The environmental sciences program offers specialized facilities for instruction and research. The Marine and Environmental Chemistry Laboratory is equipped with standard water and wastewater sampling and analysis equipment. In addition, analytical instruments provided for advanced study include a total organic carbon analyzer, atomic absorption spectrophotometers and scintillation counters. Florida Tech maintains a variety of small and large boats for fieldwork. Analytical capabilities are extended by means of cooperative projects with the departments of biological sciences and chemistry.
Faculty and graduate students are actively engaged in a variety of environmental research projects, including effects of agricultural and urban stormwater runoff on river and estuarine water quality, measurement of quantities and quality of groundwater seepage in Florida lakes, dissolved oxygen budgets in aquatic systems, trace metal contamination of natural waters and sediments, acid deposition, lake trophic state classifications, trace organic contamination in coastal systems, hyperspectral remote sensing, decomposition and sedimentation of aquatic macrophytes.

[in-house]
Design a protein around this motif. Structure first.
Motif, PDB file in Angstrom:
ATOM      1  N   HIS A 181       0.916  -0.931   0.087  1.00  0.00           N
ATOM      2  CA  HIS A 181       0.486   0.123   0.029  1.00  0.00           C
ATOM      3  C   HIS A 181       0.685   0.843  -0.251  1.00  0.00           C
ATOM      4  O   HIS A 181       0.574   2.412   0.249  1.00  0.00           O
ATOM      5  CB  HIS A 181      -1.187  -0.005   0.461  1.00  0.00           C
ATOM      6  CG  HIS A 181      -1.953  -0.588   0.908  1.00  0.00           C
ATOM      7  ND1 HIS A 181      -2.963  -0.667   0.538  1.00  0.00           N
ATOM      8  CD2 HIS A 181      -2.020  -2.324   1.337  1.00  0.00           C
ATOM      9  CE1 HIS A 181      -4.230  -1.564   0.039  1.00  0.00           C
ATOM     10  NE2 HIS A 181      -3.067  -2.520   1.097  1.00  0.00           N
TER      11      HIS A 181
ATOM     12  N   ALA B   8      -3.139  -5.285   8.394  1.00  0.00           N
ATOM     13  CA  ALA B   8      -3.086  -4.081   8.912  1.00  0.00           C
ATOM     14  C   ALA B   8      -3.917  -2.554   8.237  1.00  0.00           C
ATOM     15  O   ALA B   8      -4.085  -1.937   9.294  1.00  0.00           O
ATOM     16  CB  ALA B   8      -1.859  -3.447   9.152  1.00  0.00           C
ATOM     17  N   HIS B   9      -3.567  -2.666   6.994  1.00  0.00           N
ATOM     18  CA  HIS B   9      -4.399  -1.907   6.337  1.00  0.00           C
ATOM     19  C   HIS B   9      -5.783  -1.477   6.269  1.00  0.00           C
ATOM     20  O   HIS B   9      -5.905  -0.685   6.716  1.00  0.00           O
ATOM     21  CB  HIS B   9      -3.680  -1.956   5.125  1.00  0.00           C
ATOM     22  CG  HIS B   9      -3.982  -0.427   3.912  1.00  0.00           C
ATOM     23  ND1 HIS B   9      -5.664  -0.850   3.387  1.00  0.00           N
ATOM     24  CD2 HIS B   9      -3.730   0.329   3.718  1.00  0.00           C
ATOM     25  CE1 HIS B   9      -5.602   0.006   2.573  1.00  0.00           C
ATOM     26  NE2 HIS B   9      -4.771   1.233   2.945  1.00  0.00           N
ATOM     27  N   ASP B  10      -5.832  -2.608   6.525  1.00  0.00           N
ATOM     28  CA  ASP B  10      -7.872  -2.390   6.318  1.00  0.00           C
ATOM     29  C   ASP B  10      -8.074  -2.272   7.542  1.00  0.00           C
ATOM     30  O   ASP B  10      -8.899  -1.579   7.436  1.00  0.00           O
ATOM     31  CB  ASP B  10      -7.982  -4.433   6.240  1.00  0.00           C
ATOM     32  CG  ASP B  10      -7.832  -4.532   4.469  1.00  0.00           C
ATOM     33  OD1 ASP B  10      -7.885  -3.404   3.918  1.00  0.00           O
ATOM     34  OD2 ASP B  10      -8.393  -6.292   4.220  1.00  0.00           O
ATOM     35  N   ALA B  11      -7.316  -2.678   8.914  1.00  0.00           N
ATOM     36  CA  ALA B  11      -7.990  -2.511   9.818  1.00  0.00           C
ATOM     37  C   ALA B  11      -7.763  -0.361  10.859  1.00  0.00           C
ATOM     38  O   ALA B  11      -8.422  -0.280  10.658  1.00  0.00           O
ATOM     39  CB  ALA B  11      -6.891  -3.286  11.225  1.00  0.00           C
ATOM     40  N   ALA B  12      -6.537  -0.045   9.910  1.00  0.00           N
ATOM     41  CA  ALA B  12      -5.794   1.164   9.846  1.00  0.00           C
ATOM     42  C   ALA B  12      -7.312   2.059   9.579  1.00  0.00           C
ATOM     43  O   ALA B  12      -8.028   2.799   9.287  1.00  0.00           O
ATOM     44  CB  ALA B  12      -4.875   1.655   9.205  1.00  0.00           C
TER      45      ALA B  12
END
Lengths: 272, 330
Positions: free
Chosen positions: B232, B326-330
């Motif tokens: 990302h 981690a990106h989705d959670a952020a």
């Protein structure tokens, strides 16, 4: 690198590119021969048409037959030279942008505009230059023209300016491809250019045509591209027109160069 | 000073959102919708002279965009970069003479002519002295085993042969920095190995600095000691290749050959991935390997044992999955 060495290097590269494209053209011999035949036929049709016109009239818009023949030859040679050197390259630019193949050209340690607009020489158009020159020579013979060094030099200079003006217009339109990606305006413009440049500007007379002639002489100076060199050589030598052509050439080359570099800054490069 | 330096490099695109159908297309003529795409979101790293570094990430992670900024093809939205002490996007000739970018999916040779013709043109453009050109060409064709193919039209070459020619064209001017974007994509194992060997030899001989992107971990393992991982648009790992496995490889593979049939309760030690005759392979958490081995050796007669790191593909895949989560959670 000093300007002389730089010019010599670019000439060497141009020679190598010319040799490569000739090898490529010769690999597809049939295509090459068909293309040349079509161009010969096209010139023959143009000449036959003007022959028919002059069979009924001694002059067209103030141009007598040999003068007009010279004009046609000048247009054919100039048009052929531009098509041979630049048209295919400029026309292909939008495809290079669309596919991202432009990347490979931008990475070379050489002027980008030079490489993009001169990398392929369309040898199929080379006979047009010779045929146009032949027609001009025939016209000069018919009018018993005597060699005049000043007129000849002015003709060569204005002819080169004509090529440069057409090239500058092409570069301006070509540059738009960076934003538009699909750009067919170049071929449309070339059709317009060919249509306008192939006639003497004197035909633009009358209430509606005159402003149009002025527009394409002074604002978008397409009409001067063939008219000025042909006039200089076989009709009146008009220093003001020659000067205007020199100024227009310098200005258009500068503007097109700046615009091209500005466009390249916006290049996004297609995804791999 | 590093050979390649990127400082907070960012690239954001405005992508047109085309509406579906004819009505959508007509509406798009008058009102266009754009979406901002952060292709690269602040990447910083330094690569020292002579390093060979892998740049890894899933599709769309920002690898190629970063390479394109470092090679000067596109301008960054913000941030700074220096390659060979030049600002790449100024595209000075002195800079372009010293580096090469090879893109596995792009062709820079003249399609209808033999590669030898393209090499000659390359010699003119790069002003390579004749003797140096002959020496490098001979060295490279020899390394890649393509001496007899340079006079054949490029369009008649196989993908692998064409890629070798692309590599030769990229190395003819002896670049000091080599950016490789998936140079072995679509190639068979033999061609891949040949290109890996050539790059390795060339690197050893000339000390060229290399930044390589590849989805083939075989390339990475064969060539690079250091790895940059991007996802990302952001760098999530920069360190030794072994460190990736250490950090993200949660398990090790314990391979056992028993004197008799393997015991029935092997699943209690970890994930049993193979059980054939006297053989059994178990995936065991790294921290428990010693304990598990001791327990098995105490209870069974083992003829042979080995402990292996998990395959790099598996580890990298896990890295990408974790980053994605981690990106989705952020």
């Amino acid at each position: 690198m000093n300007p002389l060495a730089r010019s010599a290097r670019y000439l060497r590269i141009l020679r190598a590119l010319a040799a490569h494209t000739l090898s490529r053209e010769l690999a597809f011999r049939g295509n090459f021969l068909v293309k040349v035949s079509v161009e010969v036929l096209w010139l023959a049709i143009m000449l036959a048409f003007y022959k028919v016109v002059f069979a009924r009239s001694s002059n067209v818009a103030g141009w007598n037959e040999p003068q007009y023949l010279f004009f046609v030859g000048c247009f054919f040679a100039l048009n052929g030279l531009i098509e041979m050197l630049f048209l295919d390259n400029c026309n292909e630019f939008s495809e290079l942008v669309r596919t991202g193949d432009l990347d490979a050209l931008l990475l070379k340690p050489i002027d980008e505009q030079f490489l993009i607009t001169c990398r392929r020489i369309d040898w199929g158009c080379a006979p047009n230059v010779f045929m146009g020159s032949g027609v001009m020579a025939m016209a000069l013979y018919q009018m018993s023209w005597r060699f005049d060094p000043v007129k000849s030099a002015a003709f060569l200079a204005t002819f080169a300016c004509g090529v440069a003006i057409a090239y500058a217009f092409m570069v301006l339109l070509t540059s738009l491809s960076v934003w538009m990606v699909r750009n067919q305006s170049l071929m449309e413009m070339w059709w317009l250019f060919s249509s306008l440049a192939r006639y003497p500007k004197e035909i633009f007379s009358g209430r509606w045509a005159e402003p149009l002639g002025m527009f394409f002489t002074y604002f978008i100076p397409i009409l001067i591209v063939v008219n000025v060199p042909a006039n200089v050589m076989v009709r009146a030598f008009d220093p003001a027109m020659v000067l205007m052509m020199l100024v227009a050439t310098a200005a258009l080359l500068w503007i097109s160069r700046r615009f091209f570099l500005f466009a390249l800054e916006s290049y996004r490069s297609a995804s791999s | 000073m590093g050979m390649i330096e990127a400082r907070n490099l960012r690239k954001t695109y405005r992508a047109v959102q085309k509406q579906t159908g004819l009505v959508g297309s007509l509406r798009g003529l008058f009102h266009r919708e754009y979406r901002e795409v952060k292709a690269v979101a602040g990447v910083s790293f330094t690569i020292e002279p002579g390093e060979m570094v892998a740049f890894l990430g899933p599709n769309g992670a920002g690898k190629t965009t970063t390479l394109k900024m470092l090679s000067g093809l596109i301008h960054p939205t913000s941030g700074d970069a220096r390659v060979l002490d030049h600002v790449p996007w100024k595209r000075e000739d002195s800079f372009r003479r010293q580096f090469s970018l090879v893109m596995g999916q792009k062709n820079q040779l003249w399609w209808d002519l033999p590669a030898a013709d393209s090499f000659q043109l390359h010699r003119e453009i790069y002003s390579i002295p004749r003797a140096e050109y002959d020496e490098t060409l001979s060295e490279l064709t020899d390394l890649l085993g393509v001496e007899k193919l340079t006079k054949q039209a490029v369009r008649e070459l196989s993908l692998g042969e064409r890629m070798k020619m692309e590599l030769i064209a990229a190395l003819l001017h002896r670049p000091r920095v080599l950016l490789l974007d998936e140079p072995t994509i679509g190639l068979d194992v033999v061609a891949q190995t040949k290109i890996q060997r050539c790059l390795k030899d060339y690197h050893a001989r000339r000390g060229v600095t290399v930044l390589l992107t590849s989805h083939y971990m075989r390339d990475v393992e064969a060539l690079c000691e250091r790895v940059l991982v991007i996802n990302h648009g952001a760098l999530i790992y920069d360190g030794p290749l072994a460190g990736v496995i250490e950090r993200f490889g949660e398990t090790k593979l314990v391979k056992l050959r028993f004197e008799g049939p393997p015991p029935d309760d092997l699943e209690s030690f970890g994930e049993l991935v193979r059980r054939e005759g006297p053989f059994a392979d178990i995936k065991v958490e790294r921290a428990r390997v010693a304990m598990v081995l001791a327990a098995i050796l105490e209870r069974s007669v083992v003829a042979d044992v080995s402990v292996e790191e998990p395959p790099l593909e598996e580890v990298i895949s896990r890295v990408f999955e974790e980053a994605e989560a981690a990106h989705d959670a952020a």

The ocean engineering program includes facilities for traditional design activities, several stations for computer-aided design techniques and a reference data collection. Ocean engineering provides facilities for structural testing and pressure testing and a Surf Mechanics Laboratory. The materials and corrosion laboratory specializes in design and testing of materials (concrete, composites and plastics) for marine applications.
Research interests of the faculty center on coastal engineering, corrosion and materials, ocean mineral exploitation, waste disposal, naval architecture and shipbuilding (including small craft), fluid dynamics, instrumentation engineering and development, marine positioning, ocean energy and underwater vehicle development.
Ocean engineering facilities support both traditional design activities and computer-aided design. The Underwater Technologies Laboratory has facilities for the design and construction of surface and underwater vehicles such as ROVs and AUVs. The Instrumentation Laboratory is equipped with testing and calibration equipment, machining and construction tools, and deployment facilities.
A close relationship is maintained with the engineering division of Harbor Branch Oceanographic Institute of Florida Atlantic University. Graduate students, especially those having interests in submersibles, exploratory equipment and instrumentation, may have the opportunity to conduct thesis research in conjunction with the Harbor Branch staff and use facilities at the institution.